Academics say early childhood education (ECE) can help to break the cycle of poverty, but the sector is battling with “wicked problems”.
This was said at an early childhood development (ECD) and teacher training event at the University of Pretoria on Wednesday.
The event featured a delegation from Finland, including Finnish Education Minister Li Anderson, and the main objective was to strengthen Finland’s education partnership with South Africa.
The event was hosted by the Department of Basic Education (DBE), led by Minister Angie Motshekga and Deputy Minister Reginah Mhaule.
According to Professor Mariette Koen from the North-West University’s Faculty of Education, there is a need to use a holistic approach to develop the emotional, social, cognitive, spiritual and physical facets of ECE. She said this would create sustainable building blocks.
ECE was more than just about content related education. It was a chance to give the children an opportunity to be agents for change by providing them with skills, values, and attributes to address sustainable developmental change, Koen added.
She said: “ECE is the most valuable resource for breaking the cycle of poverty by allowing young children to flourish in favourable conditions.”
Despite the positive impact ECE could have on sustainable development, Koen said the factor is faced with challenges.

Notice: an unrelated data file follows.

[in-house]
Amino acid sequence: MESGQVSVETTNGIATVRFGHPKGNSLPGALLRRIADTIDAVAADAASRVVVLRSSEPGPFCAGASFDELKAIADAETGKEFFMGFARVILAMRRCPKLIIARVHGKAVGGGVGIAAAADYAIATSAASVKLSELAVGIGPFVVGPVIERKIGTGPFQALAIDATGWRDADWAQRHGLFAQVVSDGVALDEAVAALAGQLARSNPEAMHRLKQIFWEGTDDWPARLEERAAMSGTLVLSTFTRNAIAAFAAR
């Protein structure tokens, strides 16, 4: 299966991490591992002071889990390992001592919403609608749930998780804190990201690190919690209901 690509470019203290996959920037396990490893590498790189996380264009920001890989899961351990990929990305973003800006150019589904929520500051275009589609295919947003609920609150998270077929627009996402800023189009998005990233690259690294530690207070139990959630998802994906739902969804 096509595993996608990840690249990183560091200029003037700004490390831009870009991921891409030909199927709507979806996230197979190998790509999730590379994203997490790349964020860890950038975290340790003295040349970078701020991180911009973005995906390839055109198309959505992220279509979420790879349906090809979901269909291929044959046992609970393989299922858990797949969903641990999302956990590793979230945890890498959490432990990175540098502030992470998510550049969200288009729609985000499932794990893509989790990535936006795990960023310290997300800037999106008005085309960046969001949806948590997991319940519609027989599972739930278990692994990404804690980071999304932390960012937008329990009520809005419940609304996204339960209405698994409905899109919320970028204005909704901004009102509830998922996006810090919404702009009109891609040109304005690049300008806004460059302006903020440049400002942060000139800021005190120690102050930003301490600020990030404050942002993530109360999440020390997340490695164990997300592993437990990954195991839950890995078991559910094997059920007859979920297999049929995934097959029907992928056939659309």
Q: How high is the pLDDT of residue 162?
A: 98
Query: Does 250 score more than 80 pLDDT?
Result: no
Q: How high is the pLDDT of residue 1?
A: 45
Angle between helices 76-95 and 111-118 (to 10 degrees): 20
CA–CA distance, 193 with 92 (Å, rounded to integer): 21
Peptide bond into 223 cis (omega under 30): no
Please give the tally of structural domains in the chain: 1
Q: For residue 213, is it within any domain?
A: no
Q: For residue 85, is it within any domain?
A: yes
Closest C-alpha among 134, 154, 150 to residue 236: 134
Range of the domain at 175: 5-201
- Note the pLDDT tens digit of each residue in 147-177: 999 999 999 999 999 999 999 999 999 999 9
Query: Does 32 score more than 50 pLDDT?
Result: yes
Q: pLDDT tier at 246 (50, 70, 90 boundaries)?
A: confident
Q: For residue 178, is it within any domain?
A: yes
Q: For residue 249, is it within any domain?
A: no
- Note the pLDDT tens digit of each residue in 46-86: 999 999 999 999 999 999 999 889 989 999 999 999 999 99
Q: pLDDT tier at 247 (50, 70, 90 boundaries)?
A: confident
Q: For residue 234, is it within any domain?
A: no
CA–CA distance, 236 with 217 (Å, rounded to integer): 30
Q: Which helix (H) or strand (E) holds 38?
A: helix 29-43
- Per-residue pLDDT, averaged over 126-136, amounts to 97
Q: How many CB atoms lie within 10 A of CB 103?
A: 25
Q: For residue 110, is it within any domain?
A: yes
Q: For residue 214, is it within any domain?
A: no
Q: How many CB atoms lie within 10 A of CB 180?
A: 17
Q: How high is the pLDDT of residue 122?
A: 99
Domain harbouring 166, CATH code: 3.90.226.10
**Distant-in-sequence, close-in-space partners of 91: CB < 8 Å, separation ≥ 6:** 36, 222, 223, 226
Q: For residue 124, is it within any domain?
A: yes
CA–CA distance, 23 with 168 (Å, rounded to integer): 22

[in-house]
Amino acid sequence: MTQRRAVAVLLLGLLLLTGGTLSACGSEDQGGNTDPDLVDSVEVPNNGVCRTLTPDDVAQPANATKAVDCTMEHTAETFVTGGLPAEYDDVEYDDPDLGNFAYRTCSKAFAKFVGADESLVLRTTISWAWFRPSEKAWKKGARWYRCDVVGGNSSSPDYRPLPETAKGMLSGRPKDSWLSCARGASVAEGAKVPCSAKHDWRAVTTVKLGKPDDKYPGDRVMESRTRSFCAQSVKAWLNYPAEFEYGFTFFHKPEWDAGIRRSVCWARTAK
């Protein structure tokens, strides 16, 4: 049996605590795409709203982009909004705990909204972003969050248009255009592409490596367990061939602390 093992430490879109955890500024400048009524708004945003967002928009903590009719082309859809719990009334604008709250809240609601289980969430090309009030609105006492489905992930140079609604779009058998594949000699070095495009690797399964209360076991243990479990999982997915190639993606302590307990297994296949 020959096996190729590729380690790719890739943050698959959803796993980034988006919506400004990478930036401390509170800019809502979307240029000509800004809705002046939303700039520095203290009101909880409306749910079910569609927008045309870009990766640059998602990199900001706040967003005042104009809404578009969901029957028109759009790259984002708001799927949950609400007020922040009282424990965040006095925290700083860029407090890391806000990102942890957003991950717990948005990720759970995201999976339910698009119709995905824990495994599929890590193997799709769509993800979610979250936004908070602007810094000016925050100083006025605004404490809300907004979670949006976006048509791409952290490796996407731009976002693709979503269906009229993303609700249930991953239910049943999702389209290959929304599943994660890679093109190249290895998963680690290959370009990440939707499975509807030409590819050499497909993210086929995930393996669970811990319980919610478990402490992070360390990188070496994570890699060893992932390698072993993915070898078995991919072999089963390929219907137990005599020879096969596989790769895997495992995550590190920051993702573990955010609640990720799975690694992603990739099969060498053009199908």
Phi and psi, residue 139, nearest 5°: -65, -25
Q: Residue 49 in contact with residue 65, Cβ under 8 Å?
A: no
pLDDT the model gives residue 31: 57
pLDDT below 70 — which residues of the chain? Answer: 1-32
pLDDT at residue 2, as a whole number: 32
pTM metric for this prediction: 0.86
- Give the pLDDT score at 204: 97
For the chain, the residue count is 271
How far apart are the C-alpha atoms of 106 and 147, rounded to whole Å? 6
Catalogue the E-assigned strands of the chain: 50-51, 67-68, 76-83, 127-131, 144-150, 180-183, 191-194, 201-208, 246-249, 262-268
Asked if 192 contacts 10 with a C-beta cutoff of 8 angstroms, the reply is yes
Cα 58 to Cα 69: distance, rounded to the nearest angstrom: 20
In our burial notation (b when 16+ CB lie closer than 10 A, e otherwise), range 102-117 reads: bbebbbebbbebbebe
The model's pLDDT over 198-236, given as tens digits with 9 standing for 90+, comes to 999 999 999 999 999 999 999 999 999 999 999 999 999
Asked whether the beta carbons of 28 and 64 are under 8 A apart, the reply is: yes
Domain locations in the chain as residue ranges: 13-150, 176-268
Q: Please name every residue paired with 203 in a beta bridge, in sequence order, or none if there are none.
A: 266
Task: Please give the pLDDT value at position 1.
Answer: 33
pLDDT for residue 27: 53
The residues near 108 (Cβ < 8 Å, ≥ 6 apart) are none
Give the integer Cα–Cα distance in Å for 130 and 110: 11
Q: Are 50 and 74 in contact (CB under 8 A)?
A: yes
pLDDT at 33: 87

She said the problems include access to quality education, the role of practitioners in ECE, problems with funding, infrastructure, and teaching children living with disabilities.
“These are some of the wicked problems that have multiple interconnected causes with no easy solutions.
“Practitioners are often poorly paid. Some practitioners cannot always easily enter higher education, TVET colleges or non-profit organisations. Some struggle to attend courses due to funding problems, some work full time and can’t take time off, and some have challenges with online learning,” Koen said.
She said what was of serious concern was that 90% of practitioners were unqualified or underqualified.
“The question now lies in how opportunities can be harnessed to improve skills in the sector and move towards universal access.”
Mhaule said pointing fingers was not the solution.
“We must not pretend that we come from an affluent system. We are just a new democracy. This early childhood development has just been introduced into the DBE.”
Source: News24, Africa Press, image from Twitter: @ReginahMhaule